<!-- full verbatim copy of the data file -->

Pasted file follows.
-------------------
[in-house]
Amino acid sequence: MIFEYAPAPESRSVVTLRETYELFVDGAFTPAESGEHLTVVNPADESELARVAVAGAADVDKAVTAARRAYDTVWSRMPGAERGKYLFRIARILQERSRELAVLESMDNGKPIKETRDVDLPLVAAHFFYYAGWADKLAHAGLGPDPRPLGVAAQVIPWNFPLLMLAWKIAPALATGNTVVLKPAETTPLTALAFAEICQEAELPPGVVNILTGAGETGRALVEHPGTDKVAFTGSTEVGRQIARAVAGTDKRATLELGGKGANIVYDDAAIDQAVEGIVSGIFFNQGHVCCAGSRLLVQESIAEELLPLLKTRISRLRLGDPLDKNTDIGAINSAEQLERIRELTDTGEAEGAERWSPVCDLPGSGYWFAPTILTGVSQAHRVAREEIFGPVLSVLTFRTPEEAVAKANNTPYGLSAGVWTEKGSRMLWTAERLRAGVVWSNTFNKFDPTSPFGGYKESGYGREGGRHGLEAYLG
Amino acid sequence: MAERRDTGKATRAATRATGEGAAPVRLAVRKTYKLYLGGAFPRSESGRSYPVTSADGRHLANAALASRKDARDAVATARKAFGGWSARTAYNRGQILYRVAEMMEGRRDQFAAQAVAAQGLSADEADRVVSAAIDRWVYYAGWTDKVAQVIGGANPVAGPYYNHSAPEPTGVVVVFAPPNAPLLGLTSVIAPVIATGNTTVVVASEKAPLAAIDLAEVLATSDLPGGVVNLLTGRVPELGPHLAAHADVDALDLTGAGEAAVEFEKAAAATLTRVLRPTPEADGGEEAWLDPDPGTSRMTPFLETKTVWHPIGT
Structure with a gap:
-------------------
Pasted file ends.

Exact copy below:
[in-house]
Amino acid sequence: MIFEYAPAPESRSVVTLRETYELFVDGAFTPAESGEHLTVVNPADESELARVAVAGAADVDKAVTAARRAYDTVWSRMPGAERGKYLFRIARILQERSRELAVLESMDNGKPIKETRDVDLPLVAAHFFYYAGWADKLAHAGLGPDPRPLGVAAQVIPWNFPLLMLAWKIAPALATGNTVVLKPAETTPLTALAFAEICQEAELPPGVVNILTGAGETGRALVEHPGTDKVAFTGSTEVGRQIARAVAGTDKRATLELGGKGANIVYDDAAIDQAVEGIVSGIFFNQGHVCCAGSRLLVQESIAEELLPLLKTRISRLRLGDPLDKNTDIGAINSAEQLERIRELTDTGEAEGAERWSPVCDLPGSGYWFAPTILTGVSQAHRVAREEIFGPVLSVLTFRTPEEAVAKANNTPYGLSAGVWTEKGSRMLWTAERLRAGVVWSNTFNKFDPTSPFGGYKESGYGREGGRHGLEAYLG
Amino acid sequence: MAERRDTGKATRAATRATGEGAAPVRLAVRKTYKLYLGGAFPRSESGRSYPVTSADGRHLANAALASRKDARDAVATARKAFGGWSARTAYNRGQILYRVAEMMEGRRDQFAAQAVAAQGLSADEADRVVSAAIDRWVYYAGWTDKVAQVIGGANPVAGPYYNHSAPEPTGVVVVFAPPNAPLLGLTSVIAPVIATGNTTVVVASEKAPLAAIDLAEVLATSDLPGGVVNLLTGRVPELGPHLAAHADVDALDLTGAGEAAVEFEKAAAATLTRVLRPTPEADGGEEAWLDPDPGTSRMTPFLETKTVWHPIGT
Structure with a gap: